Vic Falls partners to harmonise entry requirements

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Vic FallsVic Falls

Vic Falls partners to harmonise entry requirements

Tourism partners in southern Africa’s Kaza region – one of the largest conservation areas in the world – and members of the new regional marketing co-operative, Africa’s Eden, have taken a collective approach to travel’s recovery in the region, hoping to attract more airlines from key international source markets and synchronise border entry requirements to win more bookings.

The Kavango-Zambezi Transfrontier Conservation Area (Kaza) was established as conservation partnership between Botswana, Zambia, Zimbabwe, Namibia and Angola. Africa’s Eden, is a marketing initiative by the same destination partners.

Signs of an upturn

Offering an update last week on Africa’s Eden and the state of tourism in Victoria Falls and the region, Africa Albida Tourism (AAT) CEO, Ross Kennedy, a former chairman of the African Travel and Tourism Association, described a “collective and collaborative” approach to recovery. Africa’s Eden, which is driven by the private sector, is working with governments to brand and market the regional destination to the benefit of all.

Kennedy said the aim was to make sure that source markets and tourism players were better informed about the area and its potential. 

Improving accessibility

According to Kennedy, business in Victoria Falls has improved in recent weeks compared with the first three months of 2021, benefiting from the area’s effective vaccine roll-out programme and resumption of regional flights.

He said there was consensus among tourism stakeholders that the city was ideally positioned to serve as the gateway and hub for inbound international and regional traffic in the Kaza area, and that product development and investing in infrastructure development were important for the collective.

Airlift into Victoria Falls had also improved, said Kennedy, with the resumption of flights from key neighbouring markets and South Africa driving travel’s recovery. Africa’s Eden has an air access committee that is looking to drive accessibility, and also trying to find one common set of protocols and requirements to make travellers’ journeys as smooth as possible. “If you can be more user-friendly than a competitor destination, some people will come to [visit] you just because of that,” Kennedy maintained.

He said the removal of South Africa from the UK’s red list would benefit the entire region. “It’s that kind of collaborative effort of finding solutions that are good for all [that is important]. Then you go back to fighting for your market share.

“Everybody is feeling a lift. There is already a new sense of energy.”

A phased reopening

AAT has operated parts of its lodges and business that made “economic sense” since mid-August last year. However, Kennedy reported that booking numbers were rebounding and that the group had been working hard to encourage more long-stay business, as well as seven-night packages. Destination weddings will be another priority market for the group.

Despite limited resources and difficult financial constraints because of COVID-19, tourism partners across Africa’s Eden had managed to find the resources to invest in product development and maintenance, said Kennedy. But the industry’s immediate response to COVID-19 had been to look after the people and communities most directly affected by the sudden loss of business and income when lockdown was imposed in March 2020.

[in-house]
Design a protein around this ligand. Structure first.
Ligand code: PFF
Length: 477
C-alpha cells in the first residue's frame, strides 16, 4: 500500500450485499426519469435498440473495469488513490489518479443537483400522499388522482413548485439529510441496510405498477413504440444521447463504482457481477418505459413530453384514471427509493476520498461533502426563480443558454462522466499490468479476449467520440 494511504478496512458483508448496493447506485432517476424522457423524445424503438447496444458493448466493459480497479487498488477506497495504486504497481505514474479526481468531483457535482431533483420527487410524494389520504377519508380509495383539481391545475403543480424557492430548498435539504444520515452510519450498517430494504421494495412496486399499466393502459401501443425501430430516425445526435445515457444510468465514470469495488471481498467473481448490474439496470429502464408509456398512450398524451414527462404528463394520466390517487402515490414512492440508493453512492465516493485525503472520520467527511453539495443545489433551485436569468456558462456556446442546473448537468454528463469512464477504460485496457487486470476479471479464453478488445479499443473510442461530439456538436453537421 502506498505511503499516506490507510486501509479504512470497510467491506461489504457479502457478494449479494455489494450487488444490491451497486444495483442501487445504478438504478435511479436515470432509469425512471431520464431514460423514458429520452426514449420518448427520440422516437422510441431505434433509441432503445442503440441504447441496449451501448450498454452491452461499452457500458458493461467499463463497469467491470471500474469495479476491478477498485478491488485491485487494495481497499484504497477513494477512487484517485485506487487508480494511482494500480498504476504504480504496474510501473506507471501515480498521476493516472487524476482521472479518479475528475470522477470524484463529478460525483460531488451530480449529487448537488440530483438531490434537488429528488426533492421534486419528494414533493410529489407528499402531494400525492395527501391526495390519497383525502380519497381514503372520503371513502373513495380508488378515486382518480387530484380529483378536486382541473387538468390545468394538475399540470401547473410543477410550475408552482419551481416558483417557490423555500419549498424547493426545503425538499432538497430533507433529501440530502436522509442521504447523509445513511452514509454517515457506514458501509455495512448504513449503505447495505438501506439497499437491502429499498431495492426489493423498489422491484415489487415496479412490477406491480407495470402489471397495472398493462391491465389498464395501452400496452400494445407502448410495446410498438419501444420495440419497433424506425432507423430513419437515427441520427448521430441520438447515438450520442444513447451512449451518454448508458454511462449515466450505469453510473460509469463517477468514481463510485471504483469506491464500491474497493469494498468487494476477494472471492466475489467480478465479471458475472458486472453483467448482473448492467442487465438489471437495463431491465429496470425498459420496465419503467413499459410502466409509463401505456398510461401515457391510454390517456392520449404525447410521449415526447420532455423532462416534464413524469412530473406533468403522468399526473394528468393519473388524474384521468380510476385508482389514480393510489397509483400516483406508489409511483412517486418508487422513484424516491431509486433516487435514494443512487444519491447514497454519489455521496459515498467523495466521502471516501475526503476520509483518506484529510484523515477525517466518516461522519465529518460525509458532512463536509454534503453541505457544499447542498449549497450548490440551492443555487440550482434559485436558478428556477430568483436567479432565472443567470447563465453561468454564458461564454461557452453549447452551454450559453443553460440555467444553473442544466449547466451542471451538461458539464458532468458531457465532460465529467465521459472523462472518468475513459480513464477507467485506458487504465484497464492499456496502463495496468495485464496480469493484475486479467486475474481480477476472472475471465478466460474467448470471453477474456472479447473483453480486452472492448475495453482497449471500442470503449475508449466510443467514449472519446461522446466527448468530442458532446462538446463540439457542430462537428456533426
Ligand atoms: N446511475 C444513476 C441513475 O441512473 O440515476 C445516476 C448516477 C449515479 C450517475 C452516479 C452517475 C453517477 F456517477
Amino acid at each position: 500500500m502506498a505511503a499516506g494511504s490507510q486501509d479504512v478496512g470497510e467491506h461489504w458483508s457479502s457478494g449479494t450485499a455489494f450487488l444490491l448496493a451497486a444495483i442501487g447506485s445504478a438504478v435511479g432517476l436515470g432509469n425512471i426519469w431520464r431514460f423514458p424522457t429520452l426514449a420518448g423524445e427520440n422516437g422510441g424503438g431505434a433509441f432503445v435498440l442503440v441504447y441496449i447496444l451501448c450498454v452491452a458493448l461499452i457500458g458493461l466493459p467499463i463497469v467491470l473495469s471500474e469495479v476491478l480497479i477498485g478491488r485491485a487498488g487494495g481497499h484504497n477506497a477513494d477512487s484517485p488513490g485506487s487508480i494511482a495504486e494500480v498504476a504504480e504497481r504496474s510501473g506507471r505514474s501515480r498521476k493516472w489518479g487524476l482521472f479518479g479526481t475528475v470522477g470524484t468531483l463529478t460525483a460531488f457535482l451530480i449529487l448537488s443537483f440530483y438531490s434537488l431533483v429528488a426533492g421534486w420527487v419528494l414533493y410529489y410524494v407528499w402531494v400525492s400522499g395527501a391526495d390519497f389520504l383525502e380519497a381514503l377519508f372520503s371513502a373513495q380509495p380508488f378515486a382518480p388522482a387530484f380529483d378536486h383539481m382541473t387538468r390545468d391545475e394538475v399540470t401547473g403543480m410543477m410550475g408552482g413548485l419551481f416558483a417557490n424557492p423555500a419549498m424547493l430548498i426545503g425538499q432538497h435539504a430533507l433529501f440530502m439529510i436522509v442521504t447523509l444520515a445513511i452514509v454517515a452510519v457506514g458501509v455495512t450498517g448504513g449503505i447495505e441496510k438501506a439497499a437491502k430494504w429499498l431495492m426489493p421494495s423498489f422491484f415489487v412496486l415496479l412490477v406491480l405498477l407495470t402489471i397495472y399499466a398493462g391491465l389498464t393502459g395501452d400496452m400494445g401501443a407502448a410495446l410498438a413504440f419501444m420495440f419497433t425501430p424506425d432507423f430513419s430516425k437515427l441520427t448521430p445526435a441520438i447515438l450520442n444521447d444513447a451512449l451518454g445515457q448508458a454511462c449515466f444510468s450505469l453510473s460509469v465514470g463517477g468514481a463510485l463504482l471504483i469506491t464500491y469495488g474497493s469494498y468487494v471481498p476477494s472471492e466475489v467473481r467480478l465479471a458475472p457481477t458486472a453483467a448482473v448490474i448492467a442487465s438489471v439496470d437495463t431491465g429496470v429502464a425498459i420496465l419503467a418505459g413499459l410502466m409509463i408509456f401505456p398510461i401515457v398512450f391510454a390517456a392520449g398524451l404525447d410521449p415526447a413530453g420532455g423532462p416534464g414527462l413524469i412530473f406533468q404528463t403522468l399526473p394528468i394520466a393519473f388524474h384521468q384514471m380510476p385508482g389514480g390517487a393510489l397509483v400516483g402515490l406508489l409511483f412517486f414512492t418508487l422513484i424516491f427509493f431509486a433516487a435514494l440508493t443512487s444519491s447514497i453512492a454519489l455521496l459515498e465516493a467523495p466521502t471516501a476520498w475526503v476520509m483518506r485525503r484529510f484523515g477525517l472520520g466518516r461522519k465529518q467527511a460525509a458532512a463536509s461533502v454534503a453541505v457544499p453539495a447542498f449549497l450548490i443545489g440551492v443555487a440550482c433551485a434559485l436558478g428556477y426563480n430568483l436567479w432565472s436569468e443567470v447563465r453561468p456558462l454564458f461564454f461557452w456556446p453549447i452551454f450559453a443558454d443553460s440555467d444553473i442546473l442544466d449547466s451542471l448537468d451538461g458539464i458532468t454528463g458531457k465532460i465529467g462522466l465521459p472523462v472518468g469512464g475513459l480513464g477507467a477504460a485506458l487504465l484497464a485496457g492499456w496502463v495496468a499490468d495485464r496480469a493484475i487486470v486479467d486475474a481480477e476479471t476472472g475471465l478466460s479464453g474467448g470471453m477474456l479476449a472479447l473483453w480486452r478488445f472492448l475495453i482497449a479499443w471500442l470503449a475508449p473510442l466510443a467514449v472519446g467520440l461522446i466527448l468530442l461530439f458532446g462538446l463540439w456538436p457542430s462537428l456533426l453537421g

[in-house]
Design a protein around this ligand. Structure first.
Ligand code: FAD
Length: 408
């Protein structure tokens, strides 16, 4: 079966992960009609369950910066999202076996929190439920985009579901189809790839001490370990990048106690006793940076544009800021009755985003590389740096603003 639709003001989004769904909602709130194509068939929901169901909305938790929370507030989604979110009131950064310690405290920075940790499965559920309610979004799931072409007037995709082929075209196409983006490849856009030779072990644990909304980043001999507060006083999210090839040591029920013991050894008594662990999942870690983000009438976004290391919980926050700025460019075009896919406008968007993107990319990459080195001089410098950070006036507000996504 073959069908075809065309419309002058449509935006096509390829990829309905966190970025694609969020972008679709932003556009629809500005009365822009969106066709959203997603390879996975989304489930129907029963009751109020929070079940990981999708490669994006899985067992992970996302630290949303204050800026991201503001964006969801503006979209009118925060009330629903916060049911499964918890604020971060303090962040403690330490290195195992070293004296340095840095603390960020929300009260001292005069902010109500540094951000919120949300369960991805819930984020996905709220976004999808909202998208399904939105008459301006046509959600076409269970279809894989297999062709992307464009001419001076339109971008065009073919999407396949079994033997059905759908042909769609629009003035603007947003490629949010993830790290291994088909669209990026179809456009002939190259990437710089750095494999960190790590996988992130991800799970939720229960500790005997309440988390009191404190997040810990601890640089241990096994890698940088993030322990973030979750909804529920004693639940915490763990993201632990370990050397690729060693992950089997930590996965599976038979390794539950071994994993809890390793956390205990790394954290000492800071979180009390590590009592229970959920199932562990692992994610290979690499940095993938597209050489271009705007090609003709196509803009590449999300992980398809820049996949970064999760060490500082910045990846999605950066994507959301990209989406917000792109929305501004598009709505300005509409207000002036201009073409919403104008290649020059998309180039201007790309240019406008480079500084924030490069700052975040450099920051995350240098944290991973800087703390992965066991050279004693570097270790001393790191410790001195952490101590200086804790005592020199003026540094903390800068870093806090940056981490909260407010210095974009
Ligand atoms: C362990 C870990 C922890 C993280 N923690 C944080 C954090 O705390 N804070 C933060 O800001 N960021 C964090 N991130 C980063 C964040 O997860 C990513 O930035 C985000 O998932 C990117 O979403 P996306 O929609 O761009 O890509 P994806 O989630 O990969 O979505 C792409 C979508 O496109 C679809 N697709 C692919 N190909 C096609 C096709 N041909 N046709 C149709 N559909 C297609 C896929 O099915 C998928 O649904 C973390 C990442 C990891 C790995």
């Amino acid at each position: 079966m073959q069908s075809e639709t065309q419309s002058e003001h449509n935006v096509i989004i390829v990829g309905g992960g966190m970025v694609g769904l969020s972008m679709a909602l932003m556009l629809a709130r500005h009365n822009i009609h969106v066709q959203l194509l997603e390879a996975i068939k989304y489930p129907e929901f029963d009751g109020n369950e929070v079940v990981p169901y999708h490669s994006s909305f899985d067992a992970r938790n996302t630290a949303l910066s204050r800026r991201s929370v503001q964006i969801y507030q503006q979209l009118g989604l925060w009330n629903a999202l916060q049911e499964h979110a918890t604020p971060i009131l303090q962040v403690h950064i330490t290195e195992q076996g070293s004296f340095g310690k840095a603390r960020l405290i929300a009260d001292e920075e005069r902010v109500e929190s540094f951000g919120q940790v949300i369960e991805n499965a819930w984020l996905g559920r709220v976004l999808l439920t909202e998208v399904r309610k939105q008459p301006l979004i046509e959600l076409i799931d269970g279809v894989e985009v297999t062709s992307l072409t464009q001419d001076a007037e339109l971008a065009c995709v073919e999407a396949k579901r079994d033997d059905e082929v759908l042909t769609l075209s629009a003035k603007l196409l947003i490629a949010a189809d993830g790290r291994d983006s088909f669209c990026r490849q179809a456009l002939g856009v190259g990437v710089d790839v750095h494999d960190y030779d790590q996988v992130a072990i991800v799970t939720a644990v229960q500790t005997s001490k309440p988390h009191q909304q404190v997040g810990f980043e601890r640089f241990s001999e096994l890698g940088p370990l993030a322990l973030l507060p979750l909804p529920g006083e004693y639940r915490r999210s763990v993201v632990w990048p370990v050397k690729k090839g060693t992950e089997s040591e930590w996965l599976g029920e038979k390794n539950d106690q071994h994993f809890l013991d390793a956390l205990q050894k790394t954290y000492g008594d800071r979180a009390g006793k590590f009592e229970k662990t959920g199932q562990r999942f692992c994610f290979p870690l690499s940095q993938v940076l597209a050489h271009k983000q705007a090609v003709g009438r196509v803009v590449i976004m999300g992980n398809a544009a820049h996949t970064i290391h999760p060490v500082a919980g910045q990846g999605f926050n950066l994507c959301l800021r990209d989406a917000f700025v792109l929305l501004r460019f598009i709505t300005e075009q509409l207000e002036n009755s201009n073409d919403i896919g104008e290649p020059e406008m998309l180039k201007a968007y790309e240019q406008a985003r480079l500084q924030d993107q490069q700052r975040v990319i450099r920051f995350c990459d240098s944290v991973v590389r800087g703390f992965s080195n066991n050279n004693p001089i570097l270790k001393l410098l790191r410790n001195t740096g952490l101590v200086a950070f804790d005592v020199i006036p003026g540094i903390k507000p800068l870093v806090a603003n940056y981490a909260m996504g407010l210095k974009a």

Kennedy said community wellbeing and conservation were paramount to the sustainability and future of travel and tourism in Africa’s Eden.

Players continue to work together

“Let’s make ourselves leaders, not followers,” Kennedy urged. “You can’t sell Vic Falls Safari Lodge if the person doesn’t know Zimbabwe first, and the region. Now is the time to build the image and the brand of Africa’s Eden region in the world so that, as we come out of this time, more and more people around the world will be more informed and better informed about how much there is to do and see, and touch and experience in a place like the Kaza region.

“And, of course, there is one of the finest wildlife estates on the planet in the region, with world icons there of Victoria Falls, of the Delta, of the wildlife in all four countries. We have something to be terribly proud of, and something we should be looking after.”

Kennedy predicted that business could recover to around 60-70% of pre-COVID peak season numbers by this time next year. “We will come out of this stronger.”

Product development

A Braille Rail has been unveiled at The Lookout Café in Victoria Falls, which tourism partners have described as one more example of how the destination is rebuilding and planning to make itself more accessible to visitors.

A launch event for the Braille Rail and new Braille menu was attended by the Mayor of Victoria Falls, Somvelo Dlamini, who said it was ground breaking that visually impaired people would now be able to enjoy the facilities and to feel accommodated in Victoria Falls.

The Mayor also thanked stakeholders for showing resilience throughout the pandemic and for continuing to showcase excellence.

Information Courtesy Of

Vic Falls